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Rice in the highlands
by Andrew Nelson, Arnel Rala, Cornelia Garcia, and Sonia Asilo

he temperate regions of the world lie between the Arctic Circle and Tropic of Cancer, and the Antarctic Circle and Tropic of Capricorn. Diverse climates are found within these regions depending on latitude, prevailing winds, mountain ranges, and oceanic influences. Map 1 superimposes areas where rice is cultivated,1,2 and then a simplified version of the classic KöppenGeiger climate map3 shows the tropical, arid, temperate, and polar regions. The areas of rice cultivation are clearly split between the tropical and temperate areas of the world, although some cultivation is also seen in semiarid zones. Drops in temperature during the key stages of rice’s growth can damage production output. For example, during the seedling stage, temperatures below 10–15 °C inhibit the establishment of seedlings and cause seedlings to rot; during the reproductive stage, temperatures below 18–19 °C can cause sterility. Because of this, cold-tolerant varieties are keenly sought after in temperate areas to boost yields and, in some cases, to allow farmers in the region to grow a second crop. Note, however, that cold-tolerant varieties are required not only in areas of high latitude. The subtropics and tropical areas have zones of high altitude where rice cultivation also needs to endure cold temperatures. Map 2 highlights areas within the tropics that are above 1,500 meters.4 Ethiopia is one of the countries in the tropics that has large areas of agricultural land at high altitudes. Rice was introduced only recently


Arctic Circle (66°33’38” N)

in Ethiopia—during the 1970s—yet demand has already soared to the extent that rice is now a “National Food Security Crop” (see Moving up in Ethiopia on pages 24-25 of Rice Today Vol. 7, No. 4). The highland plateau has high potential for rice production but its temperate climate means that coldtolerant varieties are required before this area can be considered for widespread rice cultivation (see Weathering the cold on pages 26-27 of this issue). The Ethiopian Highlands range from 1,500 to 4,550 meters, but a big percentage of the

Monthly climate averages for Gado, Ethiopia as the climate chart Temperature (oC) Rainfall (mm) at right for Gado 30 180 5 demonstrates. Max. temp. 150 25 Map 3 is a perspective view of 20 Rainfall 120 Ethiopia based on 90 elevation data. We used 15 Min. temp. data from the Shuttle 60 10 Radar Topography 5 30 Mission to create 0 this visualization of 0 Jan Feb Mar Apr May Jun Jul Aug Sep Oct Nov Dec Ethiopia’s dramatic Month terrain. We used a Monthly temperature and rainfall averages for Gado, Ethiopia. vertical exaggeration of the terrain and highlighted the agricultural areas in cold-tolerant rice would be beneficial in between, which are more than 1,500 increasing Ethiopia’s rice production and meters above sea level, to reveal the improving food security.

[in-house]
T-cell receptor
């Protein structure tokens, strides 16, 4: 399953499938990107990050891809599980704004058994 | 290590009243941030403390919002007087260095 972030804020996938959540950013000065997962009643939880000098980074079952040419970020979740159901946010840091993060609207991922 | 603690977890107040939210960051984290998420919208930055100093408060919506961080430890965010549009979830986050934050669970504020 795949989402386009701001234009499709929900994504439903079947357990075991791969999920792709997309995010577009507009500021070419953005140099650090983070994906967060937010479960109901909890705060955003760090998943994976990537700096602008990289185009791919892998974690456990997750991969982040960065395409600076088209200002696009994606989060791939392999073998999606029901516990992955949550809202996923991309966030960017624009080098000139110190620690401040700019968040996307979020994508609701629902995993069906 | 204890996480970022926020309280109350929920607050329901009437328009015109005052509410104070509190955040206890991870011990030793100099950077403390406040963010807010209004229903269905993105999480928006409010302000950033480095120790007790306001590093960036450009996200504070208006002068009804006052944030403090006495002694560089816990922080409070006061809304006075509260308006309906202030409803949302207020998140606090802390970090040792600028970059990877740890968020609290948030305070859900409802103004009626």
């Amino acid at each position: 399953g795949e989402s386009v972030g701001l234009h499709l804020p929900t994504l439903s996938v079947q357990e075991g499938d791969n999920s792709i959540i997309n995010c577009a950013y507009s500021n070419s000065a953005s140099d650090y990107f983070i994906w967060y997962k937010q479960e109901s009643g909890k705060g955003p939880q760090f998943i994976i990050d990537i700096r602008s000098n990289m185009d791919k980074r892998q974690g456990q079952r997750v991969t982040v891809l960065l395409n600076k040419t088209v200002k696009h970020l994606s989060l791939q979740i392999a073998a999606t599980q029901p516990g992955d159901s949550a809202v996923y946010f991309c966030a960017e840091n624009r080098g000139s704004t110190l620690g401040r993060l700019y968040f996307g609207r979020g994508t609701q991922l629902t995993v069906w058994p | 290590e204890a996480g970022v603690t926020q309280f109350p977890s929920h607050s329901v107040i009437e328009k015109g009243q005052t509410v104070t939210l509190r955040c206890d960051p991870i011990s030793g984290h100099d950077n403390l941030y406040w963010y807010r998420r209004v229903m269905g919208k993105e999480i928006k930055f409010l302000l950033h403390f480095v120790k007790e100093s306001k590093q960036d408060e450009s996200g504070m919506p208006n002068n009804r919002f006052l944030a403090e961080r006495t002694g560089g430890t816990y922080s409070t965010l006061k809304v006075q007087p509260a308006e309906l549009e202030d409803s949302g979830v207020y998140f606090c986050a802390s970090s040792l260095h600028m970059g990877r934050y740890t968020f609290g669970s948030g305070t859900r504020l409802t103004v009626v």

Tropic of Cancer (23°26’22”N) Equator (0° latitude) Tropic of Capricorn (23°26’22”S)

Tropical Arid/semiarid Temperate Tropic Arid/semiarid Warm temperate Cold temperate Polar

Antarctic Circle (66°33’38”S)

Map 1. Rice-growing areas in the tropical and temperate zones.

> 1,500 m

Map 2. High-altitude areas in the tropics.

plateau is below 2,500 meters. The Highlands are the largest contiguous expanse of highaltitude land in Africa. Temperatures at 1,500 meters during the rice planting months from March to June can go as low as 12 °C,

extensive highland temperate region that includes areas suitable for cold-tolerant rice. Just how much of this area could be suitable and available for rice cultivation remains to be seen. The relatively flat expanses within the Ethiopian Highlands, the plentiful rainfall, and existing agricultural land, however, suggest that

Map 3. Perspective view of Ethiopia, using elevation and highlighting agricultural areas in the highlands.

Dr. Nelson is a geographer, Mr. Rala is an associate scientist, Ms. Garcia is an associate graphic designer, and Ms. Asilo is a senior specialist in remote sensing in IRRI’s Social Sciences Division.


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Areas of rice cultivation came from a global data set of monthly irrigated and rainfed crop areas around year 2000 (MIRCA2000), MIRCA/index.html. Global data set of land cover for year 2000 (GLC2000), World map of the Köppen-Geiger climate classification ( Source: NASA Shuttle Radar Topography Mission (SRTM) processed by the CGIAR Consortium for Spatial Information (


Data on average monthly temperatures and monthly rainfall from Worldclim (


Rice Today January-March 2010

Rice Today January-March 2010